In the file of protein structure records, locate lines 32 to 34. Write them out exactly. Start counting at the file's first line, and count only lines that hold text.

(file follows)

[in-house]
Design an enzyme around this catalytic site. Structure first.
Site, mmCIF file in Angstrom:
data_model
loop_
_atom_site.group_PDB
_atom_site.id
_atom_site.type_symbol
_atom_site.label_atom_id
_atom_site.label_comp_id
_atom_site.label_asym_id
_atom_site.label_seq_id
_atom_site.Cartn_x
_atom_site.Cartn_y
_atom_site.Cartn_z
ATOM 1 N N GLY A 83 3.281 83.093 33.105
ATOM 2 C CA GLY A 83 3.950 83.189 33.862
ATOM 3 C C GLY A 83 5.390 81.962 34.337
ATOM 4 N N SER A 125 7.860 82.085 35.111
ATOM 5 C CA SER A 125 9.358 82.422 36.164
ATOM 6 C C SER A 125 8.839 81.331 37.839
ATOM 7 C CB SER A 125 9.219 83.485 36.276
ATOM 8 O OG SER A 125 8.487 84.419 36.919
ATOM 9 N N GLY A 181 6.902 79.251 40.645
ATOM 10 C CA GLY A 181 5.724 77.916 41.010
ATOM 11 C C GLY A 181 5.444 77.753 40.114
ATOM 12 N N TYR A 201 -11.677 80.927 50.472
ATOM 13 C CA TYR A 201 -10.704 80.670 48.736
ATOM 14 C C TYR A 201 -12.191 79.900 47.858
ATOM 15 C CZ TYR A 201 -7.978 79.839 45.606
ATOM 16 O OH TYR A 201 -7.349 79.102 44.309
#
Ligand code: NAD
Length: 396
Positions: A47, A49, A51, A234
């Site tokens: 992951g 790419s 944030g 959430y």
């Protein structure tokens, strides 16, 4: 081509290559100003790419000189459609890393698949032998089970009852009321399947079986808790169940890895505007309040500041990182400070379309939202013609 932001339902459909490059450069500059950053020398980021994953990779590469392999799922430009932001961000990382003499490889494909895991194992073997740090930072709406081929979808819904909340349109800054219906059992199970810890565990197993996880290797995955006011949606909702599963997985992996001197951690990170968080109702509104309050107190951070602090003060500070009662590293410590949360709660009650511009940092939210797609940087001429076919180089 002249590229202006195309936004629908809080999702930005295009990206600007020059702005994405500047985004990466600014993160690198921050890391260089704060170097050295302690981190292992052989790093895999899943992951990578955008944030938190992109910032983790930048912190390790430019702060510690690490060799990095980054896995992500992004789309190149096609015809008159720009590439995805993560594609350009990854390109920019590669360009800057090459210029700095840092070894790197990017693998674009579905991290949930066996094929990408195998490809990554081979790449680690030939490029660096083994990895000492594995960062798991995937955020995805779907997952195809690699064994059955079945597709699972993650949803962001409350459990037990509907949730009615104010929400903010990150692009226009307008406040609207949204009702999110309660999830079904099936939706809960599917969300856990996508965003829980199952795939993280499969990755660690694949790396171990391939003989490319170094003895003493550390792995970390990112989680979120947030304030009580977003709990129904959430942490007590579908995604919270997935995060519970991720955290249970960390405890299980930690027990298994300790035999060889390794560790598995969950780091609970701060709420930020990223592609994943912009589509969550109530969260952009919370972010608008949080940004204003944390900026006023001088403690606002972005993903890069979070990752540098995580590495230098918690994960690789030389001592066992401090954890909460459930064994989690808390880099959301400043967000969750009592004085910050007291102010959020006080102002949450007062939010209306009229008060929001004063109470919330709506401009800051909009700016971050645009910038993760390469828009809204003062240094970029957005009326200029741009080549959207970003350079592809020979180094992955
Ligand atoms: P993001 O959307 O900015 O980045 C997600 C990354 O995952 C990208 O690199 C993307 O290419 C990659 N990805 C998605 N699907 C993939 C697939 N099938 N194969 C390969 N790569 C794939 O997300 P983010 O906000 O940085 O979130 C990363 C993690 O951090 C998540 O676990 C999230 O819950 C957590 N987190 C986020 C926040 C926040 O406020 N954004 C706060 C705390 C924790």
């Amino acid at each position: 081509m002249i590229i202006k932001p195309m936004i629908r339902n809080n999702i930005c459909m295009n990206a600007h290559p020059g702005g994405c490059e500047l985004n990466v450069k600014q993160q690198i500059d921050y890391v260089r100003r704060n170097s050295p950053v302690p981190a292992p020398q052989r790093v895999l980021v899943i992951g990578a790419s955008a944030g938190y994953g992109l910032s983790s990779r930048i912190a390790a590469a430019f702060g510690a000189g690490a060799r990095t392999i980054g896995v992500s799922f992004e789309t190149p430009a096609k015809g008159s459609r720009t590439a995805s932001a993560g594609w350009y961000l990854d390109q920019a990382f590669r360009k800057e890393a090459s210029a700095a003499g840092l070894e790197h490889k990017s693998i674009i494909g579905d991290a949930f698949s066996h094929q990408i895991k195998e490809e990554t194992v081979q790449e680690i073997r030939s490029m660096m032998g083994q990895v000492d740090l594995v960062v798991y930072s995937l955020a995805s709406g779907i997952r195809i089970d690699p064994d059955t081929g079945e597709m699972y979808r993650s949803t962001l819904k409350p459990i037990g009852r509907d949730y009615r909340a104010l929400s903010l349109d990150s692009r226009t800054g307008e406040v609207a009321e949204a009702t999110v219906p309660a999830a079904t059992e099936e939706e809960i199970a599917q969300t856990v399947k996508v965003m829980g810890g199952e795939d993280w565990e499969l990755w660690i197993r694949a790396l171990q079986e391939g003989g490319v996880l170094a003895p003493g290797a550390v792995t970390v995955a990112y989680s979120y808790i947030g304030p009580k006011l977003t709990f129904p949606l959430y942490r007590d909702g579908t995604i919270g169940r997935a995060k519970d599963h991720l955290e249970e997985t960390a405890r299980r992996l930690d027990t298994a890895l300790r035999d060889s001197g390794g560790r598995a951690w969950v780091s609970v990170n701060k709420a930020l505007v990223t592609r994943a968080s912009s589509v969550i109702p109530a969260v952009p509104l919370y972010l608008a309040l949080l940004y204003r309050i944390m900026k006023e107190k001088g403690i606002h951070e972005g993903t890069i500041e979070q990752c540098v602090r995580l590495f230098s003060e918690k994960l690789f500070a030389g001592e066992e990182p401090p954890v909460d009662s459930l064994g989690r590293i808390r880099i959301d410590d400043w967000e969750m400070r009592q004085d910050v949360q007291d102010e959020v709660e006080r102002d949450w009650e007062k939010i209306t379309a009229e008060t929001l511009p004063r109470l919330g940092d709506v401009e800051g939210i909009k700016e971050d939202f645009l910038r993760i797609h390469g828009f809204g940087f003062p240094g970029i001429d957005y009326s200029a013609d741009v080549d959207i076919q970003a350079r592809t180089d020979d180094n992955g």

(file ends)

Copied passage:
#
Ligand code: NAD
Length: 396